Protest comes amid effort to disrupt 700-mile Trans Mountain pipeline expansion
Young activists interrupted the delivery of a controversial pipeline to a port in southern Washington at daybreak on Tuesday, once again taking the lead in the climate fight.
Tuesday’s protest by Portland Rising Tide was part of a continuing effort to disrupt the opening of project that expands a pipeline running from Edmonton, Alberta, to the coast of British Columbia and would open export markets to hundreds of thousands of barrels of crude oil from the Alberta tar sands.
Climbers flanked by kayaks chained themselves to a pier on the Columbia River between Oregon and Washington, intending to intercept the delivery of pipe manufactured in India for the project.
The group of protesters included 22-year-old Kiran Oommen, a plaintiff in the landmark lawsuit Juliana v the US, which takes aim at the American government’s complicity in promoting a fossil fuel energy system and other practices that facilitate the climate crisis.
Oommen, who is joined by 20 other young plaintiffs in the litigation, was among those who chained himself to a dock. By 8am, he and other activists were being threatened with arrest as an arriving bulk carrier sounded its foghorn and a growing crowd of stalled workers gathered on the pier, one shouting: “Trump! Four more years!”
Before climbing a ladder and chaining himself to the pier, Oommen said past action to lobby, to vote and to use the courts to compel action on climate change had been unsuccessful so far.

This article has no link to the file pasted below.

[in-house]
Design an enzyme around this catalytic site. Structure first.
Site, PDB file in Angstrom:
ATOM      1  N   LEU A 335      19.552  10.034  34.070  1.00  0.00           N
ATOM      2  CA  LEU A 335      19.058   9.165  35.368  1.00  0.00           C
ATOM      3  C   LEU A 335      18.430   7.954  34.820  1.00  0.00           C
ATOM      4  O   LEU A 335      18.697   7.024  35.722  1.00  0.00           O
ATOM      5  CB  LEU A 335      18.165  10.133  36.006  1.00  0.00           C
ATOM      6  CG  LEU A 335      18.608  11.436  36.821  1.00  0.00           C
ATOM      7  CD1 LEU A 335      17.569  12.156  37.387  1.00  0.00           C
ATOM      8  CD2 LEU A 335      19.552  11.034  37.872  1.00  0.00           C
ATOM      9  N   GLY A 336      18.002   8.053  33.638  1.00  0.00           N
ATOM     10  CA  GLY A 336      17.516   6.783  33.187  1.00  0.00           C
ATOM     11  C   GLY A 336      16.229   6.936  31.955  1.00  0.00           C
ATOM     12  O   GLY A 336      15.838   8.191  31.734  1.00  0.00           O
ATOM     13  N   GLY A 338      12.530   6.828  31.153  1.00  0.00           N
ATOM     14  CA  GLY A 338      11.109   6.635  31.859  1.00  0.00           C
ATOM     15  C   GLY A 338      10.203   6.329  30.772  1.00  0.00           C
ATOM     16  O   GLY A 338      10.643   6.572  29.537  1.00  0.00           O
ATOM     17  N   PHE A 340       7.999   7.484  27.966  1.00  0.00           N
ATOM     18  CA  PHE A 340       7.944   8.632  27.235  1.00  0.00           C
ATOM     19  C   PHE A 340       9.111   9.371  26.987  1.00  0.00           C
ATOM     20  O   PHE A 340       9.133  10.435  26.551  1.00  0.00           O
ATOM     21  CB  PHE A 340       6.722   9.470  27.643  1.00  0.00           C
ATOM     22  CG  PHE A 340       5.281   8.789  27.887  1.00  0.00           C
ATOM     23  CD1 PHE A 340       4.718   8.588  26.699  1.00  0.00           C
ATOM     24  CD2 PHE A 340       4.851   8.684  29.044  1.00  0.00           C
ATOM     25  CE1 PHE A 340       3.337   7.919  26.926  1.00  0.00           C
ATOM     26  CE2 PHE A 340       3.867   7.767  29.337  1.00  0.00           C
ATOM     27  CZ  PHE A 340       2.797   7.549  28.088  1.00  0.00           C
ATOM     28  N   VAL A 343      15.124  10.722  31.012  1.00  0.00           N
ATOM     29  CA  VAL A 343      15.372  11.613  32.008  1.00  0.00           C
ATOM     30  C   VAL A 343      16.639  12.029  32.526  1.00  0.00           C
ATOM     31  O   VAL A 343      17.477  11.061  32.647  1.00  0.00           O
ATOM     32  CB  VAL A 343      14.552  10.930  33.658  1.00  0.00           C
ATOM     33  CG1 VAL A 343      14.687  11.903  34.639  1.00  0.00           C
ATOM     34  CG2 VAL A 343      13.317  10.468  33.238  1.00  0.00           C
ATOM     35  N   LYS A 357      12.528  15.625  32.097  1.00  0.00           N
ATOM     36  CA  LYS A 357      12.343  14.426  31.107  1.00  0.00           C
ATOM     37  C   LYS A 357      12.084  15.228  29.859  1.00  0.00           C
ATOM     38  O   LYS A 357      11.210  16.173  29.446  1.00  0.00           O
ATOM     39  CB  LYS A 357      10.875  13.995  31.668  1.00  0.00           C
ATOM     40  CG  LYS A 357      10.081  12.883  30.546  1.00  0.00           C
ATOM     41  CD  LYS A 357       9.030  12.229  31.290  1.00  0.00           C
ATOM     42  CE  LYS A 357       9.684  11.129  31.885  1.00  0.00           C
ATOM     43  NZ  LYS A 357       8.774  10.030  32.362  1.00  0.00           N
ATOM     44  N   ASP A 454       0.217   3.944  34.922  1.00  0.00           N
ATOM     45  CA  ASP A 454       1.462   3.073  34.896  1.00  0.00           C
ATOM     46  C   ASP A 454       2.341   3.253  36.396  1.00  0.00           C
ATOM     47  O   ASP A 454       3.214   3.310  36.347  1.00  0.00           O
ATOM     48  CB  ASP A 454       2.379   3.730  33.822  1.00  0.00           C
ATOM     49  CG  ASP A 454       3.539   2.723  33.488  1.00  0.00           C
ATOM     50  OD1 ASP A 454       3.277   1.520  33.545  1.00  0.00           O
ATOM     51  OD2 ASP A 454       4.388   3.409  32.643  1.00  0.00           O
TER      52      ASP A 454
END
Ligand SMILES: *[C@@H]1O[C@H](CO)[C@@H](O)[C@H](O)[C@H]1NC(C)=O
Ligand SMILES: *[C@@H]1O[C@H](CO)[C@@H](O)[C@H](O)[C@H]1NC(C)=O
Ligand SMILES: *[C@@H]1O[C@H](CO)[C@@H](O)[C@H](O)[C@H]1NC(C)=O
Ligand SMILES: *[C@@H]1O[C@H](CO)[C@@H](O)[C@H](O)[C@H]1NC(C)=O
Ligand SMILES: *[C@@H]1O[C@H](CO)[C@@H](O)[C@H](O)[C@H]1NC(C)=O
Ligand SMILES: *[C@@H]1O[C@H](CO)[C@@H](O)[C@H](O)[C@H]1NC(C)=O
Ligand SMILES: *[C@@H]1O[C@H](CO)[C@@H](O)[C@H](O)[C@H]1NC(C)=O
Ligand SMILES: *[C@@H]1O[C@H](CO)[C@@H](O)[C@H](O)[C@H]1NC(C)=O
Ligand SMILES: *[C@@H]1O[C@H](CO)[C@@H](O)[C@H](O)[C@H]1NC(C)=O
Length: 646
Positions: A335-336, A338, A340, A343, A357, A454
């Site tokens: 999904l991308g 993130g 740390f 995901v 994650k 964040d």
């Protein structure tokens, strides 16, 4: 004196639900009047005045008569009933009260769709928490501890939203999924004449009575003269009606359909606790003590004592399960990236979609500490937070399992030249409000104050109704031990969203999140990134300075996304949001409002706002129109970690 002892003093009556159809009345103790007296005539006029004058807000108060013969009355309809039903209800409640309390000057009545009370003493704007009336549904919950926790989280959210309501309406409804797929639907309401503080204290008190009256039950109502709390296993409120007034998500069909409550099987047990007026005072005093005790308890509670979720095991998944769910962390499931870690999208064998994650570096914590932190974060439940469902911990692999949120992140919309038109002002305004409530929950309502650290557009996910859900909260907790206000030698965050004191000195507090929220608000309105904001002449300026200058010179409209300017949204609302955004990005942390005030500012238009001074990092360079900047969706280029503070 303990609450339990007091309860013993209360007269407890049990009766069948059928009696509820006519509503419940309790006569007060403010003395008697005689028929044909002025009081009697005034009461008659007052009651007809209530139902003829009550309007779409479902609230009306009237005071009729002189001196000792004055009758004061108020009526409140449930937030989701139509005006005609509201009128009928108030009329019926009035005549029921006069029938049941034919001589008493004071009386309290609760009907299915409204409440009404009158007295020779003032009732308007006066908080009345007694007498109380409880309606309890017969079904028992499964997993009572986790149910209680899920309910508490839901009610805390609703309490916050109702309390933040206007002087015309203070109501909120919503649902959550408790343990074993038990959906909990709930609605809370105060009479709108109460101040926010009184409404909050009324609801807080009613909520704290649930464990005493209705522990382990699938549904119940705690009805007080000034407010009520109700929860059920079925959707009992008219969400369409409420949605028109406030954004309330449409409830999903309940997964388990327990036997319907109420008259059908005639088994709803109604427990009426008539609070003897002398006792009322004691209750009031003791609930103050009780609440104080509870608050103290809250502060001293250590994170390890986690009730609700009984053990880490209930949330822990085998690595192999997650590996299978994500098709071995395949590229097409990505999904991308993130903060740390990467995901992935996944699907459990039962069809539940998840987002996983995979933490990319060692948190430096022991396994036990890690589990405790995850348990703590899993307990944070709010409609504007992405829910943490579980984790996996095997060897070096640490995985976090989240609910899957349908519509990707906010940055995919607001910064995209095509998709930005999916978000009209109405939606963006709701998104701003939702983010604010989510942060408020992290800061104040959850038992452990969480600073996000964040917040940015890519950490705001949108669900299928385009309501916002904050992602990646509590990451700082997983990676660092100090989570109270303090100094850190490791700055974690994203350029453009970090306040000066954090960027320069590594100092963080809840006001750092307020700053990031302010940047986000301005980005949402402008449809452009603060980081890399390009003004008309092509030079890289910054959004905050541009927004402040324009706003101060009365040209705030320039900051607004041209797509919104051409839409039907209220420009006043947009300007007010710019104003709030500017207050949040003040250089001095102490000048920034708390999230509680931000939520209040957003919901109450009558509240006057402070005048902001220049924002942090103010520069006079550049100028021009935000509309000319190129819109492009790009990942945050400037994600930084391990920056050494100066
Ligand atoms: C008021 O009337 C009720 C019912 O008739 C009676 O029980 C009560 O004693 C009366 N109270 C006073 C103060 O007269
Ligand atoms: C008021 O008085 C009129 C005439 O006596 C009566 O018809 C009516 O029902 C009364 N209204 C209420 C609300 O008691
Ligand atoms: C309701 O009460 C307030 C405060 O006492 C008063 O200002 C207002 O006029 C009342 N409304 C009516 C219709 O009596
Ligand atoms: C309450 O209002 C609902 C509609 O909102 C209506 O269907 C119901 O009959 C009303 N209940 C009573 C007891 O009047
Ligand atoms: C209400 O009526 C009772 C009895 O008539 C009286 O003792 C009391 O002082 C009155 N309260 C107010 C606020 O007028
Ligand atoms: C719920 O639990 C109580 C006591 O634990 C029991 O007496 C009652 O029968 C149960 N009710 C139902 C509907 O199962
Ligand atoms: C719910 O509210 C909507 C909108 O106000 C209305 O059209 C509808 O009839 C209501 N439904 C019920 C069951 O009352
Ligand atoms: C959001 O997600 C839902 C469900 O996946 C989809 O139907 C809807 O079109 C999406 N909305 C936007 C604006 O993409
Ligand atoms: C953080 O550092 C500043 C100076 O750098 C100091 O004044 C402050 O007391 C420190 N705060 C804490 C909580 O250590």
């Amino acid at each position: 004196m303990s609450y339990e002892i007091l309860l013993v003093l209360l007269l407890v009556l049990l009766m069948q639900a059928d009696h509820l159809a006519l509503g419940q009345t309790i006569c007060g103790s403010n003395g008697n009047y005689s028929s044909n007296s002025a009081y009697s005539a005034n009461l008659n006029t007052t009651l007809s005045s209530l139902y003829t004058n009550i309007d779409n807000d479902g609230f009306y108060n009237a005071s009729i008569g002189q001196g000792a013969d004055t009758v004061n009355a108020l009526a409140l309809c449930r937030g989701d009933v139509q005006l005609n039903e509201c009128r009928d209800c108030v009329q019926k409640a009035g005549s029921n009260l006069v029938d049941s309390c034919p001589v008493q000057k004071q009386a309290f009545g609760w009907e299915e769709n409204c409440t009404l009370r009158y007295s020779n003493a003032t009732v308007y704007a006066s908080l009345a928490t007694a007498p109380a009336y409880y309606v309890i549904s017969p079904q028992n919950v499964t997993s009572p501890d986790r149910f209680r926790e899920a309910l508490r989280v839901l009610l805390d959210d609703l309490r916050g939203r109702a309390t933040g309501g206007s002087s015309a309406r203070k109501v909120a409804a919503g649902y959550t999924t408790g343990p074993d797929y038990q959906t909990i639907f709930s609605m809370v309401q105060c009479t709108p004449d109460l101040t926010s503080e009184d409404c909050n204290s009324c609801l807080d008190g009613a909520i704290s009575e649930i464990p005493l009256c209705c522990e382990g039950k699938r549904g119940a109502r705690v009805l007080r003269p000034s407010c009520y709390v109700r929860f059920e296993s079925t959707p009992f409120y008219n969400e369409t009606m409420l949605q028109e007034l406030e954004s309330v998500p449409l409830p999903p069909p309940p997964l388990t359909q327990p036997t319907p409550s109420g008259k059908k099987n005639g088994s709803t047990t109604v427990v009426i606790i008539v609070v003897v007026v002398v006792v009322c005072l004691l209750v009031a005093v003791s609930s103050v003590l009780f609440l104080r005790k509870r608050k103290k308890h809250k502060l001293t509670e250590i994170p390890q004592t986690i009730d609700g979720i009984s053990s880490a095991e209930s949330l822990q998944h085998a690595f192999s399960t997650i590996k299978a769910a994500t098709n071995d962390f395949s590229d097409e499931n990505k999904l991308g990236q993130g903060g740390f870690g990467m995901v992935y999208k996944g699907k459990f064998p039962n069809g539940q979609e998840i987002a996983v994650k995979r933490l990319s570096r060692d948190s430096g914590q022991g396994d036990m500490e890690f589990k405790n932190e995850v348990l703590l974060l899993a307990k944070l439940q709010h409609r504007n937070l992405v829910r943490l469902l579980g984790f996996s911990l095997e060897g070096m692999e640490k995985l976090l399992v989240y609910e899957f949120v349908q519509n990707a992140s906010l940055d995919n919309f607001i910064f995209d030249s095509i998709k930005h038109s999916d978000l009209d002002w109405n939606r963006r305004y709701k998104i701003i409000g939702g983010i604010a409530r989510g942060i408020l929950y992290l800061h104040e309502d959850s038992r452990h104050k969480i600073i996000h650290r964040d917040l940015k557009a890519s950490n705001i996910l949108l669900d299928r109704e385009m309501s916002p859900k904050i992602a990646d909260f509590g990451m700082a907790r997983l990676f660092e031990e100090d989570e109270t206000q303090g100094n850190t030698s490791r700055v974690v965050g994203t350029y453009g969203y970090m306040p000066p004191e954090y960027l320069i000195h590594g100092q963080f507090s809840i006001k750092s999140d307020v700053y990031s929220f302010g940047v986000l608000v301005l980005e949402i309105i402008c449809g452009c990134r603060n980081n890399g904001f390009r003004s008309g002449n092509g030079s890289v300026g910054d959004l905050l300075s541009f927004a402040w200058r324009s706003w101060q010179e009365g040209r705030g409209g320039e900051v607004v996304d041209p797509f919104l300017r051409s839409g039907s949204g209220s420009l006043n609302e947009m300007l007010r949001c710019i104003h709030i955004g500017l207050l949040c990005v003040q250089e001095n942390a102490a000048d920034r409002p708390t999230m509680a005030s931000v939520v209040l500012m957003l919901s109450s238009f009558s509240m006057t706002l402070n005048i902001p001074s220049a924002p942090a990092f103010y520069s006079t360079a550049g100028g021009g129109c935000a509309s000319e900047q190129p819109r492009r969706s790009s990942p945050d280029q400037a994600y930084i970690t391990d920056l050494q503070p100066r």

“The point that my generation is at, we don’t have time to wait for systems that haven’t worked for decades,” he said.
The linking of a Juliana plaintiff with direct action against fossil fuel infrastructure signifies more than individual frustration with inaction on climate. It denotes the rising sense of urgency among young people to remedy a crisis that afflicts them all.
“I fear for my future. It’s zero hour and I can’t watch the Earth die around me. I don’t want to be 30 and telling my kids that I didn’t do anything,” said Lydia Stolt, who risked a college scholarship to be among those locked to the pier.
Oommen’s four-year-old court case been the subject of repeated, and unusually aggressive, emergency petitions by the federal government intended to halt the suit, which has missed three trial dates so far.
“Part of why I’m here is to just give them a little reminder that they can play with us in the system, but we don’t have to stay in the system to have our voices heard,” Oommen said.
Tuesday’s action took aim at the Trans Mountain pipeline expansion, a 1,150km (about 700-mile) Canadian project that will boost the capacity of oil transport from the Alberta tar sands to the coast of British Columbia.
The $7.4bn expansion is projected to triple the 300,000 barrels of oil currently transported from Edmonton and would carry heavier oils with higher potential to emit greenhouse gas, making it what many activists consider a potential climate tipping point.